As everyone has heard by now, Jeane J. Kirkpatrick, distinguished scholar and former U.S. Ambassador to the United Nations, has passed away. (She was also a member of the National Association of Scholars’ Board of Advisors). Dr. Kirkpatrick was a living embodiment of two attributes rare in any sphere of life, but especially wanting in today’s academy – intellectual honesty and personal courage. She spoke plain truths to a scholarly world grown fat on illusions, and understood the difference between idealism’s veneer and true content. Although honored for these qualities by her countrymen, she suffered threat and insult from those on our campuses who hated the freedom she prized, becoming an early target for the new censorship. She also suffered from the confusions and timidity of an academic leadership that, knowing better, failed to rally to her defense. Dr. Kirkpatrick will long be remembered for great services to America, the world, and the republic of reason, but her memory may be most cherished for the nature of the enemies she was more than willing to make.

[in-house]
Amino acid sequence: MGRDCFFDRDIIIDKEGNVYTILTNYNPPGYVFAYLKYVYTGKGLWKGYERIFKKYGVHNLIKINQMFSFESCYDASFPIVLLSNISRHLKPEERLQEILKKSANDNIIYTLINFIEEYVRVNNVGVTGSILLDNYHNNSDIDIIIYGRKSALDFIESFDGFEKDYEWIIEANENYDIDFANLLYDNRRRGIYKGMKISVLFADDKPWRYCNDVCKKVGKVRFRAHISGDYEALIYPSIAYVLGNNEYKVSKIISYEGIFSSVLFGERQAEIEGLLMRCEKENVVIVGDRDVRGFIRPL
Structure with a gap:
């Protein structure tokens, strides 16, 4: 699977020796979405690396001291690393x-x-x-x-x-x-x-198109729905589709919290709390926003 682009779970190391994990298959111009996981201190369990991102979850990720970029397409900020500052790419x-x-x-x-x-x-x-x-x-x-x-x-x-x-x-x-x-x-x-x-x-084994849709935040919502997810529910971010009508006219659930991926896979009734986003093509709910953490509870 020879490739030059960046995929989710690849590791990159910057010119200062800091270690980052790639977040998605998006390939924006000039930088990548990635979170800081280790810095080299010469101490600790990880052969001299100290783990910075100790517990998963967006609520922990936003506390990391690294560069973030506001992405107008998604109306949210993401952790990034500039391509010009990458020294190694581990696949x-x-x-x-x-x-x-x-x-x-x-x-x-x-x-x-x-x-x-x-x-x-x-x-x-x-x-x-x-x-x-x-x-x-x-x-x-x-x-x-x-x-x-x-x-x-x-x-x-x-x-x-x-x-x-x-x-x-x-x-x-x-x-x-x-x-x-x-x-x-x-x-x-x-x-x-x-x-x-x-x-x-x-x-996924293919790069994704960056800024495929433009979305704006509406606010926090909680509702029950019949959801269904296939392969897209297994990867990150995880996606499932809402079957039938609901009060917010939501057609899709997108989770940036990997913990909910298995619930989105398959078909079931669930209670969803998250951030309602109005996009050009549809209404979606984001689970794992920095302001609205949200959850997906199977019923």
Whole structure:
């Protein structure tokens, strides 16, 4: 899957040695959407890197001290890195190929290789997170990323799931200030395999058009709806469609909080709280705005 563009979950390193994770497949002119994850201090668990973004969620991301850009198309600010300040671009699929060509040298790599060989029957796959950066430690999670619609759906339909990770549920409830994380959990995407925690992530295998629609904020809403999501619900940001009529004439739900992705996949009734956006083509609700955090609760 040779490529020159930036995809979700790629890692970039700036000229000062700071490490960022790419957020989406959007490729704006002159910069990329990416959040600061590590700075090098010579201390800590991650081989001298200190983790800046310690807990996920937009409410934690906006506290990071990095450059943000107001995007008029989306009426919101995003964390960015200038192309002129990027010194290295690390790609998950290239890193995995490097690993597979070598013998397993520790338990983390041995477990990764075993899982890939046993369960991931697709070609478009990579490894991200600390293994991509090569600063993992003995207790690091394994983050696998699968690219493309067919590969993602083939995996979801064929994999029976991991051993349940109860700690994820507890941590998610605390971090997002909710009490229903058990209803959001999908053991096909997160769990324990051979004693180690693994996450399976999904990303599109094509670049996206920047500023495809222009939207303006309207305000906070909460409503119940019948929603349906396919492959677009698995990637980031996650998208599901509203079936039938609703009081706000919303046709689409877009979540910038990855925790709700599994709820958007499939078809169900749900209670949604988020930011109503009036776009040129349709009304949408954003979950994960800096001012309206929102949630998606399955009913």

The prosecution blew the witness’s testimony to bits.
The Derek Chauvin case is more complicated than prosecutors would have it.
The woke revolution in the classroom is about to go federal.
The fact is that voters got us into this mess. Maybe the answer isn’t more voters.
Never Ask a Question You Don’t Need to Ask: Chauvin Lawyer Gets Clobbered by Witness’s Gripping Testimony
There’s rarely an upside in asking pointed questions to a young, nervous, highly sympathetic witness.
A look at why droves are leaving the state.
The additional blood-clotting incidents discovered probably weren't enough to justify continuing the pause.
If Boehner thought Republicans needed to compromise with Barack Obama, he sure left voters with a different impression.
'If the officer hadn’t done what he did, I think we’d have two girls dead,' the neighbor said.
'We’re certainly going to try to do everything we can from distant locations to assist the Afghans,' General Frank McKenzie also said.
‘Avoid emotive words like onslaught, tidal wave, flood, inundation, surge, invasion, army, march, sneak, and stealth,’ the memo read.
Joe Biden’s nominee for NASA head has a worrying tendency to think about spaceflight’s past, not its future.